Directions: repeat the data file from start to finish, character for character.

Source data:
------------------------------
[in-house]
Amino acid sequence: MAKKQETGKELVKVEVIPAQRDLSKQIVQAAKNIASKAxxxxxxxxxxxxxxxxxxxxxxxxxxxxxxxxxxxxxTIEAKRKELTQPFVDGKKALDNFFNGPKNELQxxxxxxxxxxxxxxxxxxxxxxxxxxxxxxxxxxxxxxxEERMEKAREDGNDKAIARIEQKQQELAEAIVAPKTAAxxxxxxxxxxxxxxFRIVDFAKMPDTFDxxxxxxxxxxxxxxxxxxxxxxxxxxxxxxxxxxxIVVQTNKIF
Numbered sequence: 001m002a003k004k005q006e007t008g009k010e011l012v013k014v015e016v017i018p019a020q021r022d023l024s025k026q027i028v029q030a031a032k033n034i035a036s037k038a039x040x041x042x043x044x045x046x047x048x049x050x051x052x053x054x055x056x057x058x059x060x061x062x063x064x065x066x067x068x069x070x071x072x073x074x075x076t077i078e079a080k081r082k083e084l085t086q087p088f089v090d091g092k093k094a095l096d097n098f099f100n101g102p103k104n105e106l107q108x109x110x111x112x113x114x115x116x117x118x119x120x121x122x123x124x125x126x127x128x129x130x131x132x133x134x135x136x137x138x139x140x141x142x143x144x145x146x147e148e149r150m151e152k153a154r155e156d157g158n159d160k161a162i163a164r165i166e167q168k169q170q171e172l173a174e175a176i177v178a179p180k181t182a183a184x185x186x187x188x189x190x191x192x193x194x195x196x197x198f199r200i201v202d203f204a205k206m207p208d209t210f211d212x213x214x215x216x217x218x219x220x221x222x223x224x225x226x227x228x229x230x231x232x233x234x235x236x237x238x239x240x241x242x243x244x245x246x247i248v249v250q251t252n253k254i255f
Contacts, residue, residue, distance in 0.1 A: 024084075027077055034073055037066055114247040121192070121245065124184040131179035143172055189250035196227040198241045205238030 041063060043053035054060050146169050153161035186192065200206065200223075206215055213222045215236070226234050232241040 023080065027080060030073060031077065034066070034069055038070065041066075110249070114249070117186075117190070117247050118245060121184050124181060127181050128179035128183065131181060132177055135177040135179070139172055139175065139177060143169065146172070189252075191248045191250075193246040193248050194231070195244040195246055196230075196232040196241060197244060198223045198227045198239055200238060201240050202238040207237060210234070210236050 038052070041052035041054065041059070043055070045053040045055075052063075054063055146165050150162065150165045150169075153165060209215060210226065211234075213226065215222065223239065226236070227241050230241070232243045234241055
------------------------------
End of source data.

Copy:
[in-house]
Amino acid sequence: MAKKQETGKELVKVEVIPAQRDLSKQIVQAAKNIASKAxxxxxxxxxxxxxxxxxxxxxxxxxxxxxxxxxxxxxTIEAKRKELTQPFVDGKKALDNFFNGPKNELQxxxxxxxxxxxxxxxxxxxxxxxxxxxxxxxxxxxxxxxEERMEKAREDGNDKAIARIEQKQQELAEAIVAPKTAAxxxxxxxxxxxxxxFRIVDFAKMPDTFDxxxxxxxxxxxxxxxxxxxxxxxxxxxxxxxxxxxIVVQTNKIF
Numbered sequence: 001m002a003k004k005q006e007t008g009k010e011l012v013k014v015e016v017i018p019a020q021r022d023l024s025k026q027i028v029q030a031a032k033n034i035a036s037k038a039x040x041x042x043x044x045x046x047x048x049x050x051x052x053x054x055x056x057x058x059x060x061x062x063x064x065x066x067x068x069x070x071x072x073x074x075x076t077i078e079a080k081r082k083e084l085t086q087p088f089v090d091g092k093k094a095l096d097n098f099f100n101g102p103k104n105e106l107q108x109x110x111x112x113x114x115x116x117x118x119x120x121x122x123x124x125x126x127x128x129x130x131x132x133x134x135x136x137x138x139x140x141x142x143x144x145x146x147e148e149r150m151e152k153a154r155e156d157g158n159d160k161a162i163a164r165i166e167q168k169q170q171e172l173a174e175a176i177v178a179p180k181t182a183a184x185x186x187x188x189x190x191x192x193x194x195x196x197x198f199r200i201v202d203f204a205k206m207p208d209t210f211d212x213x214x215x216x217x218x219x220x221x222x223x224x225x226x227x228x229x230x231x232x233x234x235x236x237x238x239x240x241x242x243x244x245x246x247i248v249v250q251t252n253k254i255f
Contacts, residue, residue, distance in 0.1 A: 024084075027077055034073055037066055114247040121192070121245065124184040131179035143172055189250035196227040198241045205238030 041063060043053035054060050146169050153161035186192065200206065200223075206215055213222045215236070226234050232241040 023080065027080060030073060031077065034066070034069055038070065041066075110249070114249070117186075117190070117247050118245060121184050124181060127181050128179035128183065131181060132177055135177040135179070139172055139175065139177060143169065146172070189252075191248045191250075193246040193248050194231070195244040195246055196230075196232040196241060197244060198223045198227045198239055200238060201240050202238040207237060210234070210236050 038052070041052035041054065041059070043055070045053040045055075052063075054063055146165050150162065150165045150169075153165060209215060210226065211234075213226065215222065223239065226236070227241050230241070232243045234241055